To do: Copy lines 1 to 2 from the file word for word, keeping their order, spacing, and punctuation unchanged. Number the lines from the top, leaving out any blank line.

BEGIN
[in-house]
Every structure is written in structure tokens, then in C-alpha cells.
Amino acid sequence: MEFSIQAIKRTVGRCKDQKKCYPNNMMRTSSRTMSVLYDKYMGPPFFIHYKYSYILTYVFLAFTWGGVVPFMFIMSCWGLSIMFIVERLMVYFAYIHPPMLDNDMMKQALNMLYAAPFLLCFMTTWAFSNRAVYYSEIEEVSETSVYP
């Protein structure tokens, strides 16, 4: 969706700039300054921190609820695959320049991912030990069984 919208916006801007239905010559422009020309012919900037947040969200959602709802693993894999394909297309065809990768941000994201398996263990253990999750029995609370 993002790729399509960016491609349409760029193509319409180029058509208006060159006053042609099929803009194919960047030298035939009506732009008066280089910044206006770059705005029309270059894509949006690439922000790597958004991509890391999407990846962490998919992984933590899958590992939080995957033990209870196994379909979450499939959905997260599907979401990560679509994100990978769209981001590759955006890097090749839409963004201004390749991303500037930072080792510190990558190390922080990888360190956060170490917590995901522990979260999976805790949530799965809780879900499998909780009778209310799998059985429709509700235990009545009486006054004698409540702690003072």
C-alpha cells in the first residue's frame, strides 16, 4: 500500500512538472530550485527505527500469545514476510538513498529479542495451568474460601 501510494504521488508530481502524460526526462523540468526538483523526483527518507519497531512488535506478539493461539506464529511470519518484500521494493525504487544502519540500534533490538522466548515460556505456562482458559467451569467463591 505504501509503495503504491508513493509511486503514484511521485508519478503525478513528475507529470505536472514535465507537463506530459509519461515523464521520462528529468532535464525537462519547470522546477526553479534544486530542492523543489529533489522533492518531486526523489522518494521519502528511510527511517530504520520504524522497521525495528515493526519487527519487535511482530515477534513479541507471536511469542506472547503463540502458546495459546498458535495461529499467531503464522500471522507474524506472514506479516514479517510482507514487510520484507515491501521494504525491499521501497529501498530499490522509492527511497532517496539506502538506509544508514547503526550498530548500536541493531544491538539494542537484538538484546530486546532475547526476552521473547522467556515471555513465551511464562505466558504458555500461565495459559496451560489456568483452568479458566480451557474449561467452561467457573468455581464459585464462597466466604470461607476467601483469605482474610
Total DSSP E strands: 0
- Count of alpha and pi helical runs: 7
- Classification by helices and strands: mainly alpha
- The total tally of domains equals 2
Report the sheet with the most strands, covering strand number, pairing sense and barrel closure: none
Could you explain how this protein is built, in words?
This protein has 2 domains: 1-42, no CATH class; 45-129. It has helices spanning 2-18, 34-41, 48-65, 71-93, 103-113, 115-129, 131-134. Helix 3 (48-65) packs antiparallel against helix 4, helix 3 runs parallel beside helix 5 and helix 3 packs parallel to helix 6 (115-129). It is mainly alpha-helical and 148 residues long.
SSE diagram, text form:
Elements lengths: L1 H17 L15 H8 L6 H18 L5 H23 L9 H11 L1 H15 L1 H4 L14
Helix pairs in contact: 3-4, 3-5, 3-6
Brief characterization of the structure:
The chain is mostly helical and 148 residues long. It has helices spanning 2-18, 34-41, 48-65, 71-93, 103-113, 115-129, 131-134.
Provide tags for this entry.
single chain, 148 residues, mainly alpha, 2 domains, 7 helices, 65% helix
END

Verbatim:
[in-house]
Every structure is written in structure tokens, then in C-alpha cells.